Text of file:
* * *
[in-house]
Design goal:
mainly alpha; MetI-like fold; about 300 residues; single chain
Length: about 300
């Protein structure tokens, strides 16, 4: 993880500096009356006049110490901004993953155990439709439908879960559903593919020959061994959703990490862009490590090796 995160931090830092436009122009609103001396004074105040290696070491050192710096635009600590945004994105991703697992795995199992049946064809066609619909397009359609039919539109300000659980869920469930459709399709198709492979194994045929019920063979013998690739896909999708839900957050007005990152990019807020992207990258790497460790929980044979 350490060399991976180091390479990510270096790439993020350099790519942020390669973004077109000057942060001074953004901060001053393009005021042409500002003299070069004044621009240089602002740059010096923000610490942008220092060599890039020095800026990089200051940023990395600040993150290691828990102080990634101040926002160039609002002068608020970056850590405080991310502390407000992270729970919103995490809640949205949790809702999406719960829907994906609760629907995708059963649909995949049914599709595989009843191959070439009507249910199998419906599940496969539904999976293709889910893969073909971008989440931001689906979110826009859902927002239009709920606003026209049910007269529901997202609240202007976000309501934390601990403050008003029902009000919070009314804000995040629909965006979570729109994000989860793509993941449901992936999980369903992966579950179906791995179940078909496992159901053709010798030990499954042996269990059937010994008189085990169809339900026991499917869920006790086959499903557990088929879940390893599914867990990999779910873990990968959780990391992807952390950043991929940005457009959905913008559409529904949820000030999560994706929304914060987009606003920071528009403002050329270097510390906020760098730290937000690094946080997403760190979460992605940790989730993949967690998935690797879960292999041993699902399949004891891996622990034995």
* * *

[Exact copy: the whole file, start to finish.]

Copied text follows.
[in-house]
Design goal:
mainly alpha; MetI-like fold; about 300 residues; single chain
Length: about 300
């Protein structure tokens, strides 16, 4: 993880500096009356006049110490901004993953155990439709439908879960559903593919020959061994959703990490862009490590090796 995160931090830092436009122009609103001396004074105040290696070491050192710096635009600590945004994105991703697992795995199992049946064809066609619909397009359609039919539109300000659980869920469930459709399709198709492979194994045929019920063979013998690739896909999708839900957050007005990152990019807020992207990258790497460790929980044979 350490060399991976180091390479990510270096790439993020350099790519942020390669973004077109000057942060001074953004901060001053393009005021042409500002003299070069004044621009240089602002740059010096923000610490942008220092060599890039020095800026990089200051940023990395600040993150290691828990102080990634101040926002160039609002002068608020970056850590405080991310502390407000992270729970919103995490809640949205949790809702999406719960829907994906609760629907995708059963649909995949049914599709595989009843191959070439009507249910199998419906599940496969539904999976293709889910893969073909971008989440931001689906979110826009859902927002239009709920606003026209049910007269529901997202609240202007976000309501934390601990403050008003029902009000919070009314804000995040629909965006979570729109994000989860793509993941449901992936999980369903992966579950179906791995179940078909496992159901053709010798030990499954042996269990059937010994008189085990169809339900026991499917869920006790086959499903557990088929879940390893599914867990990999779910873990990968959780990391992807952390950043991929940005457009959905913008559409529904949820000030999560994706929304914060987009606003920071528009403002050329270097510390906020760098730290937000690094946080997403760190979460992605940790989730993949967690998935690797879960292999041993699902399949004891891996622990034995």